Kitty is an elder stateswoman at this point. She’s sleeping a lot, and may be experiencing some medical issues. That’s why it’s important to keep an eye on her litterbox to notice changes in peeing and pooping. Incidentally, the oldest cat ever, as recorded by the Guinness Book of World Records, was a sweet kitters from Austin, Texas named Crème Puff, who lived 38 years and 3 days.
Rewards for every stage of life
You’ll be going through a lot of litter during your kitty’s fabulous life. Why not be rewarded when you purchase your cat’s favorite? Join the Fresh Step® Paw Points® program, and earn points for every purchase. You can then redeem points for free litter, coupons, and toys that will get Kitty playing whether she’s a kitten or a revered oldster.
The allure of a bouncing baby kitten is undeniable. But today we’re going to take a moment to appreciate the charms of an older cat, and why they deserve your consideration when you’re looking to adopt.
- Litter Box Know-How: While using a litter box is instinctual in cats, kittens are still figuring it out and are more prone to accidents. Mature cats already have the litter box down pat.
- Cute & Calm: Kittens are hyper balls of energy. While they are cuddly, especially when sleepy, they are more often zipping around the house at top speed. Older cats are significantly calmer, generally loving to be petted, or finding a patch of sun to nap in.
- Cost-effective: Because older cats tend not to be adopted as quickly as kittens, many shelters sweeten the deal by waiving adoption fees for cats more than a year old. In addition, these cats have already been spayed, so you’re saving there, too.
- Good with Kids: Older cats are more tolerant of little kids (although let’s be honest, nobody likes having their tail yanked), and generally more gentle.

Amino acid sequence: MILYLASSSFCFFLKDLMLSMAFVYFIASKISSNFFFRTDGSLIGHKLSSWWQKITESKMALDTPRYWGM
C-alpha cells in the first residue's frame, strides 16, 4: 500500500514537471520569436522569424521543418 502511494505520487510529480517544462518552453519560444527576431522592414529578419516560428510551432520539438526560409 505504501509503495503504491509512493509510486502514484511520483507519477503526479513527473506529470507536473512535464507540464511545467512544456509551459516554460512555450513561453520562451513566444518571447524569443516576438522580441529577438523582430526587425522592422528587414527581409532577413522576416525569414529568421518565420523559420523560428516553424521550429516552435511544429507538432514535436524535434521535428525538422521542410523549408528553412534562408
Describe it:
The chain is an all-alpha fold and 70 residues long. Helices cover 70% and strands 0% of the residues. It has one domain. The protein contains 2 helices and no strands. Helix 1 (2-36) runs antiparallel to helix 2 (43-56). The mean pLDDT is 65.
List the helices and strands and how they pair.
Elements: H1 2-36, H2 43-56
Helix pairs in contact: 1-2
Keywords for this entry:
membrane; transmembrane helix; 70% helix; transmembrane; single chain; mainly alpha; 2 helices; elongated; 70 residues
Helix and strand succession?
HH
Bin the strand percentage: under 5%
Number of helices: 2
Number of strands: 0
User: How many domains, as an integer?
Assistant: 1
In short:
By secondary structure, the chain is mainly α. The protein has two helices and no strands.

- Good with Seniors: Seniors for seniors! Because older cats are calmer and gentler than kittens, they’re good as lap cats (and petting them has been shown to have a positive therapeutic effect).
- Less Destructive: Oh, did you like that Ming Dynasty vase? Kittens tend to think that precious items look better in pieces, while older cats have already gotten their ya-
- The stats are against them: 82% of kittens get adopted, but after they pass 18 months old, only 60% of adult cats get adopted. That means they might spend a long, long time in a shelter — or end up euthanized.
- It’s not their fault: Older cats aren’t usually surrendered because of behavior problems. Often, it’s because their owner is elderly or passed away, someone has developed an allergy, or they move to an apartment that doesn’t accept pets.
The most important thing here is that you’d be saving a life. The cute tiny kitten will get adopted in a hot second, but that adult cat — who might only be two years old — will have a much harder time, and be so, so happy to share your home and your heart. Adulting has never been more rewarding.
Speaking of rewards…you could treat your adult kitty a little cozy home-within-home with a K&H Kitty Camper. You’ll find that and tons of other purr-worthy rewards in the Paw Points® Rewards catalog. Join for free today.